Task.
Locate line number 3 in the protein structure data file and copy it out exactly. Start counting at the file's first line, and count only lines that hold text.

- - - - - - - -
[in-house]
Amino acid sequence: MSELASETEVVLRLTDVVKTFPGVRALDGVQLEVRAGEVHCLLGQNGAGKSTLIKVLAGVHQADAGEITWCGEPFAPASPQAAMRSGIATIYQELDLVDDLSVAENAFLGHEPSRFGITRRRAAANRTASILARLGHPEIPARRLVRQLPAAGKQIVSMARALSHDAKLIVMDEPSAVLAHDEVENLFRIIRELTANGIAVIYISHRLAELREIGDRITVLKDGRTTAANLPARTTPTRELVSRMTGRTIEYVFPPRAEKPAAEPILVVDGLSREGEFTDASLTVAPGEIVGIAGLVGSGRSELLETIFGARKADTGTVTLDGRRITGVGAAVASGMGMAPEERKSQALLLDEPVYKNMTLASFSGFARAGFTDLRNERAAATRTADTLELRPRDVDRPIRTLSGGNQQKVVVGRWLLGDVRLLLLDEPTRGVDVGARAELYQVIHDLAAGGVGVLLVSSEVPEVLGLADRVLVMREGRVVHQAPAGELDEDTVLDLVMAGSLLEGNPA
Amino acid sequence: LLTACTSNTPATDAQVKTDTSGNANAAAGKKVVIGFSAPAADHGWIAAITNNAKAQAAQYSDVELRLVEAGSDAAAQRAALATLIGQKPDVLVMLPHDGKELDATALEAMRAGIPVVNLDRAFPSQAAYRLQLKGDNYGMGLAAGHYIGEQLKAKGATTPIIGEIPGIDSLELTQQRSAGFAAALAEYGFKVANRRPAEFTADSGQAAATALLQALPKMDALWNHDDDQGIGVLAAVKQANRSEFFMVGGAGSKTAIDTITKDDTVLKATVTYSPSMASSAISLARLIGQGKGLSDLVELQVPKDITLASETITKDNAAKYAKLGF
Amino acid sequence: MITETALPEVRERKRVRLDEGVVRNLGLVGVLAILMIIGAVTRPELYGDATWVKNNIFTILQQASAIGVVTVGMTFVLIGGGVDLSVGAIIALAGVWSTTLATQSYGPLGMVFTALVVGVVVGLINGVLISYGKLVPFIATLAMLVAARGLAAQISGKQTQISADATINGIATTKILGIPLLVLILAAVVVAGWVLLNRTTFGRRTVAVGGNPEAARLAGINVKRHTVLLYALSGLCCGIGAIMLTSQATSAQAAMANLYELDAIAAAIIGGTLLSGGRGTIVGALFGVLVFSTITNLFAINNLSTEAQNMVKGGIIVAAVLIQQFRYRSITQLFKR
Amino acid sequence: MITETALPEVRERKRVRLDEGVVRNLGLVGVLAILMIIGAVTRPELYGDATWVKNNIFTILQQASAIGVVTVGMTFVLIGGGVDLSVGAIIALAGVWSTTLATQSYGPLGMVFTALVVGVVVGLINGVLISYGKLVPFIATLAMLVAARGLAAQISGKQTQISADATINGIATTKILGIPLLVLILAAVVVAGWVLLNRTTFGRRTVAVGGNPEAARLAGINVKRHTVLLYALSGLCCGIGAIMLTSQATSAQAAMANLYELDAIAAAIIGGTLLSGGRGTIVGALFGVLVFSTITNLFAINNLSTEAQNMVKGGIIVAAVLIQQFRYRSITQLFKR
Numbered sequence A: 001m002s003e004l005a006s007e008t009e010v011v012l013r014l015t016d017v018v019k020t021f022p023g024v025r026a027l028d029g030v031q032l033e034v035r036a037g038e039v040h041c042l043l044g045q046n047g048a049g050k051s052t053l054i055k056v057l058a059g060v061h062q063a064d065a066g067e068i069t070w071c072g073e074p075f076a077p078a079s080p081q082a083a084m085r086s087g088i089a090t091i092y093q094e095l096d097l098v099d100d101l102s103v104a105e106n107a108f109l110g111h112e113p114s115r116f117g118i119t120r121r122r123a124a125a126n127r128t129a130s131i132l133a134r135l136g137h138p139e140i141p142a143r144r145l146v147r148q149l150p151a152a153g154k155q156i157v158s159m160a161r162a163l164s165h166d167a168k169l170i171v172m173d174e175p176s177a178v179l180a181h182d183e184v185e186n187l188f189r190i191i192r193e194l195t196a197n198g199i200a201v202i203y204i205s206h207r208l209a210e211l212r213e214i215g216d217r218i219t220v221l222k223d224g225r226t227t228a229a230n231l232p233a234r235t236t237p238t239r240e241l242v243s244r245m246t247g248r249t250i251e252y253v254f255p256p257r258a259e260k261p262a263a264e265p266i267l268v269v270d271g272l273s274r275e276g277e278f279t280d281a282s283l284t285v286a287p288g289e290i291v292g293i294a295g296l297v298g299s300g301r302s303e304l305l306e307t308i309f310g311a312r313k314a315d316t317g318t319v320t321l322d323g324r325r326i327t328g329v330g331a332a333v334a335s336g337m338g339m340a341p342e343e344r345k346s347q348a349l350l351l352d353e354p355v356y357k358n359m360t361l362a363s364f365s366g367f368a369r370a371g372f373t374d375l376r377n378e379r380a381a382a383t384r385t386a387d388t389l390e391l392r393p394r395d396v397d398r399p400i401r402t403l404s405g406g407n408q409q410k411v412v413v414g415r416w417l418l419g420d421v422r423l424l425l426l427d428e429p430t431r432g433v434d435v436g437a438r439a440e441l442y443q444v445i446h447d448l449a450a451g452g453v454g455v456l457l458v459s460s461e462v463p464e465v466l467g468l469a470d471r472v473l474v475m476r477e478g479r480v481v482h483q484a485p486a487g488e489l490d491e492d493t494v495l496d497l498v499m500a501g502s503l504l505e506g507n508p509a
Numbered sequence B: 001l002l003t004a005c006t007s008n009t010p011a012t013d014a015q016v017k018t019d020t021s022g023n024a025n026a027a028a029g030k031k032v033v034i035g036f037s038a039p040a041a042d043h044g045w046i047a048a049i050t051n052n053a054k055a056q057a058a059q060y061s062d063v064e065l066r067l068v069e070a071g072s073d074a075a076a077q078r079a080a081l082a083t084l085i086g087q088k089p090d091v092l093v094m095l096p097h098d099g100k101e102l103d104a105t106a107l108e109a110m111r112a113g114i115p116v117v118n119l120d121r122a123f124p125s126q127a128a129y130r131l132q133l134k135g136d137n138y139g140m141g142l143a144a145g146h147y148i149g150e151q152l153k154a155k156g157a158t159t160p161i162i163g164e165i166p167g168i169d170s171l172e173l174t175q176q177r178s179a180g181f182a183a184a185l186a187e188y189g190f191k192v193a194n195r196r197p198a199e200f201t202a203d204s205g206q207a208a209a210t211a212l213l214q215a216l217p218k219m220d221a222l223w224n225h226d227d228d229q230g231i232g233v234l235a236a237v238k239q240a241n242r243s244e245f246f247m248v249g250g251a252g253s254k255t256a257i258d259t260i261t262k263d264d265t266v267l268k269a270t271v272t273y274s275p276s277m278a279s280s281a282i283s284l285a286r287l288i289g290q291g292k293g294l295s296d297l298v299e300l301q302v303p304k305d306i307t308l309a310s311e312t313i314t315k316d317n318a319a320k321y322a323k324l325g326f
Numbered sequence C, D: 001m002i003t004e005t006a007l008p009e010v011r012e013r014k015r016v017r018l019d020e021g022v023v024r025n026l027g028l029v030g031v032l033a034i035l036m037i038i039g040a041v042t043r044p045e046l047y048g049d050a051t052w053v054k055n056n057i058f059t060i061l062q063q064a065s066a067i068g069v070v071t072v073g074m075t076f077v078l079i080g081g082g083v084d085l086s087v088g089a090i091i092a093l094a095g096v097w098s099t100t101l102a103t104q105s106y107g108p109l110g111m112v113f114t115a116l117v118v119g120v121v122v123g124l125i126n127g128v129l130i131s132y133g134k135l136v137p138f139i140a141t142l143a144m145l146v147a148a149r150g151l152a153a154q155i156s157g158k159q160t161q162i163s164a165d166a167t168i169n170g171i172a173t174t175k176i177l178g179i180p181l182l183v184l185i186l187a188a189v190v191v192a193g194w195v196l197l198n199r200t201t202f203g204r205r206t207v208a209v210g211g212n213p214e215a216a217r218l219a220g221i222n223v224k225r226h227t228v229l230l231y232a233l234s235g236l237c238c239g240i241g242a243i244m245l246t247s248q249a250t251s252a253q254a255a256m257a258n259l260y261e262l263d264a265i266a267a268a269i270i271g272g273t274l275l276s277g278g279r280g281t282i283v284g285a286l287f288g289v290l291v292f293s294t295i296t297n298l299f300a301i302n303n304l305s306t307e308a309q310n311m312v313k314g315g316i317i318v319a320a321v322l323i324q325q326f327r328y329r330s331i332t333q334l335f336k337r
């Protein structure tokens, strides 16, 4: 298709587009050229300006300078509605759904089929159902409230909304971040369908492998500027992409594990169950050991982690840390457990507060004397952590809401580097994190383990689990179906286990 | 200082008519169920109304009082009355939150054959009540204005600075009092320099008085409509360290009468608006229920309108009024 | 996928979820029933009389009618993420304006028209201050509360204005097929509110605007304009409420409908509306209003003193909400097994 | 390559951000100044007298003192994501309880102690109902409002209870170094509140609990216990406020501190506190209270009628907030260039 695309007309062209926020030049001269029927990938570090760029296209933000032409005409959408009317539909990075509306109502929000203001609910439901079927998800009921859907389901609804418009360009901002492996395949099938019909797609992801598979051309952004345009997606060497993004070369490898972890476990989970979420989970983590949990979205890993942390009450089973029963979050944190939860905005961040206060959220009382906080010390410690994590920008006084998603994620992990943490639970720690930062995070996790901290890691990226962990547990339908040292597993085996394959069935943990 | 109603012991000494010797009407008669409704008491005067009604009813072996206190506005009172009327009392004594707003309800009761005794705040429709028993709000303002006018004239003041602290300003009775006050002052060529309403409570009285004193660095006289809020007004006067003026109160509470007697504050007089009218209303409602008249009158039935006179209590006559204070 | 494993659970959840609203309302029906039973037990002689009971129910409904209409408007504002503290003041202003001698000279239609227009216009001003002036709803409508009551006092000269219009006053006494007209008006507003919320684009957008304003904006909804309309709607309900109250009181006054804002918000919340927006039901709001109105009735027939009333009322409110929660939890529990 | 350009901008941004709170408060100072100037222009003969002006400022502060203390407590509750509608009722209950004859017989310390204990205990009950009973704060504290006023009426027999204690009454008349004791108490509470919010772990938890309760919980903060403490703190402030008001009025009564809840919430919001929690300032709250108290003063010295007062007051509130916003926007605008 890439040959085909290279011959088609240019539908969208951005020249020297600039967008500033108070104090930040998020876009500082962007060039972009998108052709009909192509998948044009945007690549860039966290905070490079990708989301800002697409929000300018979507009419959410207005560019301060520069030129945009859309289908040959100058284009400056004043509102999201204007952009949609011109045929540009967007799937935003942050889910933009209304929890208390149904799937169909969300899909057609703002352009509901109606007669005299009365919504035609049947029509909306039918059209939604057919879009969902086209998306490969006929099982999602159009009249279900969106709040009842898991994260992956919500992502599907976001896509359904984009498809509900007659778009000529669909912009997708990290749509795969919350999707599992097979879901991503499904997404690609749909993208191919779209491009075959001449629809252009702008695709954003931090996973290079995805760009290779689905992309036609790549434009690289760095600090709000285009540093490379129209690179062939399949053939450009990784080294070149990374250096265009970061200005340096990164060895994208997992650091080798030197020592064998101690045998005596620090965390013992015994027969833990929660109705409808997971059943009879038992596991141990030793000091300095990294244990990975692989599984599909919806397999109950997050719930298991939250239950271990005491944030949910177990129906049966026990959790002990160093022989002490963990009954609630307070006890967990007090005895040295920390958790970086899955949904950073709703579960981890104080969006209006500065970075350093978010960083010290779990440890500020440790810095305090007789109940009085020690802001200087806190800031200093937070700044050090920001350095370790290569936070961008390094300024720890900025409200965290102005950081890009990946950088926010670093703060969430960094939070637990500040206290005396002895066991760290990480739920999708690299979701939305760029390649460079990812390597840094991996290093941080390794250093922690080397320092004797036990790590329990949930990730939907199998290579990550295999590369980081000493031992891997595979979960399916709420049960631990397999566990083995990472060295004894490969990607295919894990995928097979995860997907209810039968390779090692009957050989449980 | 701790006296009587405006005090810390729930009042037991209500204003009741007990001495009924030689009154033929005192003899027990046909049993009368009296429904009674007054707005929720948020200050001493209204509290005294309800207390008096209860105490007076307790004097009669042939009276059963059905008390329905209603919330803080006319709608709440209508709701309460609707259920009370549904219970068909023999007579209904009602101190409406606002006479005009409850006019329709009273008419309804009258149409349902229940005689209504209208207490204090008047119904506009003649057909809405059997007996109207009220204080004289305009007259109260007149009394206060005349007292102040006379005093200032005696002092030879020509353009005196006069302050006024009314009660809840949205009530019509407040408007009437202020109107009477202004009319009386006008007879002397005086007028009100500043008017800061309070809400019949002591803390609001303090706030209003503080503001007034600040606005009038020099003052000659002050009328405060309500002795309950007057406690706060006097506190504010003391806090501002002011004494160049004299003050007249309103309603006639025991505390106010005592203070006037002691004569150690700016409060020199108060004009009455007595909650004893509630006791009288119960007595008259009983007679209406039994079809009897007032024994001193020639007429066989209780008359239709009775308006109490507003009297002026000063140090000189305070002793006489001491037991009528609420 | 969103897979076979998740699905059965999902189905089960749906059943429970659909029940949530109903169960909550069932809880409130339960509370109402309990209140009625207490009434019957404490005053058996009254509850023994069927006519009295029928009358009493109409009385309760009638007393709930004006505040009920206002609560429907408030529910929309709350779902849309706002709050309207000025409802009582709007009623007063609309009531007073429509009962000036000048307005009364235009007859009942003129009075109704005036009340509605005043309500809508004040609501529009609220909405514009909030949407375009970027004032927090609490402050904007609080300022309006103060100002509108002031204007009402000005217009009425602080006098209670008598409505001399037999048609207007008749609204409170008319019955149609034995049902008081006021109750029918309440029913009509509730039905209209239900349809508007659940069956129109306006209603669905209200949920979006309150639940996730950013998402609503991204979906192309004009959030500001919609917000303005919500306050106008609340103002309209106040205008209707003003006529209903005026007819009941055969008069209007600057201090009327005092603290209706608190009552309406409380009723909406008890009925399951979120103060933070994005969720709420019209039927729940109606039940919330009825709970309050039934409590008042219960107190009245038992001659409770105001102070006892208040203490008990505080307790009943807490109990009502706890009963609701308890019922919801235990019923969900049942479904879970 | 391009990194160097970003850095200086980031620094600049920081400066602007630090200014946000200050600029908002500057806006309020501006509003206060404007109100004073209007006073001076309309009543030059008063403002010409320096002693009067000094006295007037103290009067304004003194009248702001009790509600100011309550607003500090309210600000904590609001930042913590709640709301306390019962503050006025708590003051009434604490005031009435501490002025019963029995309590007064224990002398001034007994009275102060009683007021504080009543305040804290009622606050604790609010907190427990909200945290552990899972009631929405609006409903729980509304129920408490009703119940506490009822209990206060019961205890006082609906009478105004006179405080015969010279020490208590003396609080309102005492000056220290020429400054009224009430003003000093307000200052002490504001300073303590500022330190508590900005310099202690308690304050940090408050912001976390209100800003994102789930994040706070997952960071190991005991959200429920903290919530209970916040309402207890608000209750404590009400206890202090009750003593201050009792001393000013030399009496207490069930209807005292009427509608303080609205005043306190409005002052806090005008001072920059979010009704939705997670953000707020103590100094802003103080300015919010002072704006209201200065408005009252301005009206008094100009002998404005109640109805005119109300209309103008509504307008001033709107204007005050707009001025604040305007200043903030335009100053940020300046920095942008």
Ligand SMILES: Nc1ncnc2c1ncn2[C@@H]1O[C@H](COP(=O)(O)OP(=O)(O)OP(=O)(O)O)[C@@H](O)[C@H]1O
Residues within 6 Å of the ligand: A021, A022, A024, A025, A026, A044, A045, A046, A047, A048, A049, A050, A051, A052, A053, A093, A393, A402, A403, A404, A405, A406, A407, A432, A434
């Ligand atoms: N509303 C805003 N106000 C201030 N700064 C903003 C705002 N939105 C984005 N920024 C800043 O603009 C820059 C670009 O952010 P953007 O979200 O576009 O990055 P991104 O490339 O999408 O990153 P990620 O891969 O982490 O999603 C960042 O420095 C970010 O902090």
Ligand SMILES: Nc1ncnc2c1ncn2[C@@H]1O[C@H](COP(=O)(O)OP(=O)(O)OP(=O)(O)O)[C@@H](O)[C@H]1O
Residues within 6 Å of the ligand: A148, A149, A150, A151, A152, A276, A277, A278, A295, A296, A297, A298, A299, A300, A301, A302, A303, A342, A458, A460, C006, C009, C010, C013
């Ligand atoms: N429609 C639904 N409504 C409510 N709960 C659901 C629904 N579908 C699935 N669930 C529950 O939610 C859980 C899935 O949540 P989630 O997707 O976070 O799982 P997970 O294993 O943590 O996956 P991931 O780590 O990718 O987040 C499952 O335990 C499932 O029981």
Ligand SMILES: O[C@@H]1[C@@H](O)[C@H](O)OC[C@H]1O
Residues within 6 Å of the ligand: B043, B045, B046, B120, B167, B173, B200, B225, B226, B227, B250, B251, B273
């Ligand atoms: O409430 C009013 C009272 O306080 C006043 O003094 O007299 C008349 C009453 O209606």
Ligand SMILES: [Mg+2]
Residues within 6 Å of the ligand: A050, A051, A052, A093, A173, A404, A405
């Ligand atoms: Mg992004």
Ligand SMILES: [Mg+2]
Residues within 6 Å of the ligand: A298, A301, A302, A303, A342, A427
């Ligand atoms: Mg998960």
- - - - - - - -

Amino acid sequence: LLTACTSNTPATDAQVKTDTSGNANAAAGKKVVIGFSAPAADHGWIAAITNNAKAQAAQYSDVELRLVEAGSDAAAQRAALATLIGQKPDVLVMLPHDGKELDATALEAMRAGIPVVNLDRAFPSQAAYRLQLKGDNYGMGLAAGHYIGEQLKAKGATTPIIGEIPGIDSLELTQQRSAGFAAALAEYGFKVANRRPAEFTADSGQAAATALLQALPKMDALWNHDDDQGIGVLAAVKQANRSEFFMVGGAGSKTAIDTITKDDTVLKATVTYSPSMASSAISLARLIGQGKGLSDLVELQVPKDITLASETITKDNAAKYAKLGF